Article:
More information1 Symmetries of regular polyhedra
1230, notes 5 1 Symmetries of regular polyhedra Symmetry groups Recall: Group axioms: Suppose that (G, ) is a group and a, b, c are elements of G. Then (i) a b G (ii) (a b) c = a (b c) (iii) There is an
More informationa) x 2 8x = 25 x 2 8x + 16 = (x 4) 2 = 41 x = 4 ± 41 x + 1 = ± 6 e) x 2 = 5 c) 2x 2 + 2x 7 = 0 2x 2 + 2x = 7 x 2 + x = 7 2
Solving Quadratic Equations By Square Root Method Solving Quadratic Equations By Completing The Square Consider the equation x = a, which we now solve: x = a x a = 0 (x a)(x + a) = 0 x a = 0 x + a = 0
More informationLines That Pass Through Regions
: Student Outcomes Given two points in the coordinate plane and a rectangular or triangular region, students determine whether the line through those points meets the region, and if it does, they describe
More informationEXPONENTS. To the applicant: KEY WORDS AND CONVERTING WORDS TO EQUATIONS
To the applicant: The following information will help you review math that is included in the Paraprofessional written examination for the Conejo Valley Unified School District. The Education Code requires
More information25 The Law of Cosines and Its Applications
Arkansas Tech University MATH 103: Trigonometry Dr Marcel B Finan 5 The Law of Cosines and Its Applications The Law of Sines is applicable when either two angles and a side are given or two sides and an
More informationInv 1 5. Draw 2 different shapes, each with an area of 15 square units and perimeter of 16 units.
Covering and Surrounding: Homework Examples from ACE Investigation 1: Questions 5, 8, 21 Investigation 2: Questions 6, 7, 11, 27 Investigation 3: Questions 6, 8, 11 Investigation 5: Questions 15, 26 ACE
More information6.3 Conditional Probability and Independence
222 CHAPTER 6. PROBABILITY 6.3 Conditional Probability and Independence Conditional Probability Two cubical dice each have a triangle painted on one side, a circle painted on two sides and a square painted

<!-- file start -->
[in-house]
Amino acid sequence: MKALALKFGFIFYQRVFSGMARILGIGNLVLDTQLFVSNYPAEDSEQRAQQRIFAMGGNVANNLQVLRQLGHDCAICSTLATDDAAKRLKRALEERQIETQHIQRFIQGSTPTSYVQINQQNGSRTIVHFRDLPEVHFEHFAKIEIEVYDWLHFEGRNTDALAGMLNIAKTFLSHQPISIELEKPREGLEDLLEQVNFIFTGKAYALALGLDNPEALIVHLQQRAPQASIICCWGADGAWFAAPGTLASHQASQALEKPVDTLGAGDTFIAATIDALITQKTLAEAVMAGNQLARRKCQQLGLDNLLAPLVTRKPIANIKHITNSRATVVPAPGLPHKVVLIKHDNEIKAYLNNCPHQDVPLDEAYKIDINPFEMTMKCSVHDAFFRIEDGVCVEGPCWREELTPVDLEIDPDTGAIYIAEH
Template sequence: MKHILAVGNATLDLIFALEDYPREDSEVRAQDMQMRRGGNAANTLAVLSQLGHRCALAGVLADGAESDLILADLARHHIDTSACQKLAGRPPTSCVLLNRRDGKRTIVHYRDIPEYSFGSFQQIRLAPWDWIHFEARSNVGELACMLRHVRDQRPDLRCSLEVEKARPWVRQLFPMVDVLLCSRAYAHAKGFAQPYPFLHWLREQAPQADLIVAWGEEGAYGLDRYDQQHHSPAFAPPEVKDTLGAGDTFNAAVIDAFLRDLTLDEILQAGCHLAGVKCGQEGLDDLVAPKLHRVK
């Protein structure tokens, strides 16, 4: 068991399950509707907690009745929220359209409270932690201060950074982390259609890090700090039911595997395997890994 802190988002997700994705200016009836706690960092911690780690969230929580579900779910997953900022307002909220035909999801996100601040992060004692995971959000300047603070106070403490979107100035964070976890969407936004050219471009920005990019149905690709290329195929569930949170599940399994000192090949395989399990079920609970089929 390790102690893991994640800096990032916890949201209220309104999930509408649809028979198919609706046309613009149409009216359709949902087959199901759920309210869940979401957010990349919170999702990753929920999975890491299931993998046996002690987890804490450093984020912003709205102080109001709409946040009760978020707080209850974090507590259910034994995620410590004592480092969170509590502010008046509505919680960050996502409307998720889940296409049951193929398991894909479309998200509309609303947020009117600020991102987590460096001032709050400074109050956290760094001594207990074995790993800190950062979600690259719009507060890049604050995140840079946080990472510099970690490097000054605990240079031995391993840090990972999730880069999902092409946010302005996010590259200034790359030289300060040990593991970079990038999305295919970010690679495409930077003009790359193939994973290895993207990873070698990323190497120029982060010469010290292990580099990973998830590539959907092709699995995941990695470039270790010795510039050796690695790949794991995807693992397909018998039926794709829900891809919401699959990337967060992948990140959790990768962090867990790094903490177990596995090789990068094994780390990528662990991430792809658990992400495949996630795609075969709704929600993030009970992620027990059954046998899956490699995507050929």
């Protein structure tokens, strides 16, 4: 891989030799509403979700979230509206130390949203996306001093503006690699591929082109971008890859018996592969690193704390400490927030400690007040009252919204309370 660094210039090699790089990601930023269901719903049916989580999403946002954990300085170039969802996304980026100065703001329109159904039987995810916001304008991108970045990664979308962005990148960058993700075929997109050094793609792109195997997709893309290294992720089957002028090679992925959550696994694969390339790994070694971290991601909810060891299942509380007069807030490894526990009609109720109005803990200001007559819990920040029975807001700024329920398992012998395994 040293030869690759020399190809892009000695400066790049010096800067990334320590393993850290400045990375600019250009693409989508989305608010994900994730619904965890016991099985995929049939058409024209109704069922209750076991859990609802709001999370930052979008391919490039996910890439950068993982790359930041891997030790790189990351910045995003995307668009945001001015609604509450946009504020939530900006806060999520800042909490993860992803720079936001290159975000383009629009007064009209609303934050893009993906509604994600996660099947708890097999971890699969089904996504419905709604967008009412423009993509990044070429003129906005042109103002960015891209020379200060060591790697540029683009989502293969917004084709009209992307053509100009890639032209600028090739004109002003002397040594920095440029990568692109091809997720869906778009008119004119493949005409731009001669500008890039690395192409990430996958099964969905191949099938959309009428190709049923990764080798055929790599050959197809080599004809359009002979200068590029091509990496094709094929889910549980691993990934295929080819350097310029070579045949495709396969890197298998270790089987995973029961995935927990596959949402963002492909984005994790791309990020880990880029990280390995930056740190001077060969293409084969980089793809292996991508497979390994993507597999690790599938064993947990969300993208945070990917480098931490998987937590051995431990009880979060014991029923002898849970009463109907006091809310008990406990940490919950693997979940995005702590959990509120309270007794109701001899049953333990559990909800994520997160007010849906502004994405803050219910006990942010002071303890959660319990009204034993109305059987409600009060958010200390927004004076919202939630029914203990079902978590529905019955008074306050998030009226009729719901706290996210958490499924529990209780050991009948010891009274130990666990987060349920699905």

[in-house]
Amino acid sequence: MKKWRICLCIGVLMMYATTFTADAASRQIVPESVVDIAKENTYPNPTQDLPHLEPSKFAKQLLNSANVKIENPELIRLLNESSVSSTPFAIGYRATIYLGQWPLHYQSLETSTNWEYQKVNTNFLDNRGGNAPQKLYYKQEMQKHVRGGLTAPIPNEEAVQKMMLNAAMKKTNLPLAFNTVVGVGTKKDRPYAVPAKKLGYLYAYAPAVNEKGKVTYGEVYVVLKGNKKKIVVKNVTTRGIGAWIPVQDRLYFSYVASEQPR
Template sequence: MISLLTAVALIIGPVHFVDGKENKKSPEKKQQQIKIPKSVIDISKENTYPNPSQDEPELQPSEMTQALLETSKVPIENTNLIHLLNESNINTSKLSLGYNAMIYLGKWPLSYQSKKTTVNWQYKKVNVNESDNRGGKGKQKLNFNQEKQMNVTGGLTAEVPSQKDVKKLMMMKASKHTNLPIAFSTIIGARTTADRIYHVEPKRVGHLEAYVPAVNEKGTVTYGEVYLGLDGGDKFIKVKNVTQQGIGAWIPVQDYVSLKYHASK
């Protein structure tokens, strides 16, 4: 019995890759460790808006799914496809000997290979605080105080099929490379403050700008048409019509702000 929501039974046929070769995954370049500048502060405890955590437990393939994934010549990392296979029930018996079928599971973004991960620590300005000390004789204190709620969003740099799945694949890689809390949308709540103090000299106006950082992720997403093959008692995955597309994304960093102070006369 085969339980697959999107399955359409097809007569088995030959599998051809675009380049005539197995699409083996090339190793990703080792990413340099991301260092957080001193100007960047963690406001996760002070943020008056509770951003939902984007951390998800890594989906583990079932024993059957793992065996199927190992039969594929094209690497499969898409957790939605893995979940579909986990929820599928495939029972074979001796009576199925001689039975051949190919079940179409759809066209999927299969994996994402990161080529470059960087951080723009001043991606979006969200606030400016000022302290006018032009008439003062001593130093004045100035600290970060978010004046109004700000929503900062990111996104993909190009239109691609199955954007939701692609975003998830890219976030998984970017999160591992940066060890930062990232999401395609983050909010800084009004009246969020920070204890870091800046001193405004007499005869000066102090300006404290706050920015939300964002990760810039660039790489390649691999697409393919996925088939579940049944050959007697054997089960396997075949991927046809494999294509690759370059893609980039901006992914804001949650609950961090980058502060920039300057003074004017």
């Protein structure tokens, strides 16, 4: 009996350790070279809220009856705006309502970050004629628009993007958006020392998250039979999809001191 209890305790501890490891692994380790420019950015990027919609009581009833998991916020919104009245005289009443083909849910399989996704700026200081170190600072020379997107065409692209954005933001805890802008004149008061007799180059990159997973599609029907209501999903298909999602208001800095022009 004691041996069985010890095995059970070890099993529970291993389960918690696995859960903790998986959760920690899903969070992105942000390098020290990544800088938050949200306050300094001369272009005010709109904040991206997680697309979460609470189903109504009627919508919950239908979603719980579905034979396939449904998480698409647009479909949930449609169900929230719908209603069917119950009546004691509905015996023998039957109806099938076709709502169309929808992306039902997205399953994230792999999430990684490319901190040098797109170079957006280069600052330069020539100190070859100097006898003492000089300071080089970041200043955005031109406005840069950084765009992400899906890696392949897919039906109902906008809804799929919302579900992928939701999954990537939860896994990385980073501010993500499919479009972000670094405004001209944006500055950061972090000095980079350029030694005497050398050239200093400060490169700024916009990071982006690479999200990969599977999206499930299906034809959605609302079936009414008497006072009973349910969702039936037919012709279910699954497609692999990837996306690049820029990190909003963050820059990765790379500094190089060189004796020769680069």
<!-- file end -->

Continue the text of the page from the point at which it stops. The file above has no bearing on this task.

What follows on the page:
More informationa 1 x + a 0 =0. (3) ax 2 + bx + c =0. (4)
ROOTS OF POLYNOMIAL EQUATIONS In this unit we discuss polynomial equations. A polynomial in x of degree n, where n 0 is an integer, is an expression of the form P n (x) =a n x n + a n 1 x n 1 + + a 1 x
More informationTrigonometric Functions and Triangles
Trigonometric Functions and Triangles Dr. Philippe B. Laval Kennesaw STate University August 27, 2010 Abstract This handout defines the trigonometric function of angles and discusses the relationship between
More informationMEASURES OF VARIATION
NORMAL DISTRIBTIONS MEASURES OF VARIATION In statistics, it is important to measure the spread of data. A simple way to measure spread is to find the range. But statisticians want to know if the data are
More informationMATH 102 College Algebra
FACTORING Factoring polnomials ls is simpl the reverse process of the special product formulas. Thus, the reverse process of special product formulas will be used to factor polnomials. To factor polnomials
More informationMax Flow, Min Cut, and Matchings (Solution)
Max Flow, Min Cut, and Matchings (Solution) 1. The figure below shows a flow network on which an st flow is shown. The capacity of each edge appears as a label next to the edge, and the numbers in boxes
More informationGRAPH THEORY LECTURE 4: TREES
GRAPH THEORY LECTURE 4: TREES Abstract. 3.1 presents some standard characterizations and properties of trees. 3.2 presents several different types of trees. 3.7 develops a counting method based on a bijection
More informationALGEBRA 2: 4.1 Graph Quadratic Functions in Standard Form
ALGEBRA 2: 4.1 Graph Quadratic Functions in Standard Form Goal Graph quadratic functions. VOCABULARY Quadratic function A function that can be written in the standard form y = ax 2 + bx+ c where a 0 Parabola
More informationWe know a formula for and some properties of the determinant. Now we see how the determinant can be used.